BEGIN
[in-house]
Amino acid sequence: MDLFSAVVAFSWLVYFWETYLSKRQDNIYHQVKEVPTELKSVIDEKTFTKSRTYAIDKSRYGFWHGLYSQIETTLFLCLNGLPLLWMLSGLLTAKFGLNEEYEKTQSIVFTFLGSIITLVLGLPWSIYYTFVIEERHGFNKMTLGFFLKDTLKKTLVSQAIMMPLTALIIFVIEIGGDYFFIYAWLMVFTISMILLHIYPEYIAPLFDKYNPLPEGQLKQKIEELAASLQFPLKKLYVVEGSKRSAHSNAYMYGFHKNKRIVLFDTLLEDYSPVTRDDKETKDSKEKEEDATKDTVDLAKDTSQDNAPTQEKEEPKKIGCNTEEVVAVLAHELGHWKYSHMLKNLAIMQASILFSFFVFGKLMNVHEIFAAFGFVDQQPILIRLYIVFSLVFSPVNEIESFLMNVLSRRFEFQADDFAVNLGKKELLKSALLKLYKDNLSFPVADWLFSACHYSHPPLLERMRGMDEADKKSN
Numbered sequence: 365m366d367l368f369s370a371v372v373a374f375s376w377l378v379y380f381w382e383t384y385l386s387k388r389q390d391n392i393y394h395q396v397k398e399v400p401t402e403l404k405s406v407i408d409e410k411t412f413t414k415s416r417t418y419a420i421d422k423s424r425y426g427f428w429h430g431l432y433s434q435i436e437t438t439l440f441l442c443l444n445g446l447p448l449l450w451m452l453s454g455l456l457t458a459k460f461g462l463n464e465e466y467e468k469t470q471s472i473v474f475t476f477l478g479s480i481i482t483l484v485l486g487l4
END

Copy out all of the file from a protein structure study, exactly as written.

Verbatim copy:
[in-house]
Amino acid sequence: MDLFSAVVAFSWLVYFWETYLSKRQDNIYHQVKEVPTELKSVIDEKTFTKSRTYAIDKSRYGFWHGLYSQIETTLFLCLNGLPLLWMLSGLLTAKFGLNEEYEKTQSIVFTFLGSIITLVLGLPWSIYYTFVIEERHGFNKMTLGFFLKDTLKKTLVSQAIMMPLTALIIFVIEIGGDYFFIYAWLMVFTISMILLHIYPEYIAPLFDKYNPLPEGQLKQKIEELAASLQFPLKKLYVVEGSKRSAHSNAYMYGFHKNKRIVLFDTLLEDYSPVTRDDKETKDSKEKEEDATKDTVDLAKDTSQDNAPTQEKEEPKKIGCNTEEVVAVLAHELGHWKYSHMLKNLAIMQASILFSFFVFGKLMNVHEIFAAFGFVDQQPILIRLYIVFSLVFSPVNEIESFLMNVLSRRFEFQADDFAVNLGKKELLKSALLKLYKDNLSFPVADWLFSACHYSHPPLLERMRGMDEADKKSN
Numbered sequence: 365m366d367l368f369s370a371v372v373a374f375s376w377l378v379y380f381w382e383t384y385l386s387k388r389q390d391n392i393y394h395q396v397k398e399v400p401t402e403l404k405s406v407i408d409e410k411t412f413t414k415s416r417t418y419a420i421d422k423s424r425y426g427f428w429h430g431l432y433s434q435i436e437t438t439l440f441l442c443l444n445g446l447p448l449l450w451m452l453s454g455l456l457t458a459k460f461g462l463n464e465e466y467e468k469t470q471s472i473v474f475t476f477l478g479s480i481i482t483l484v485l486g487l4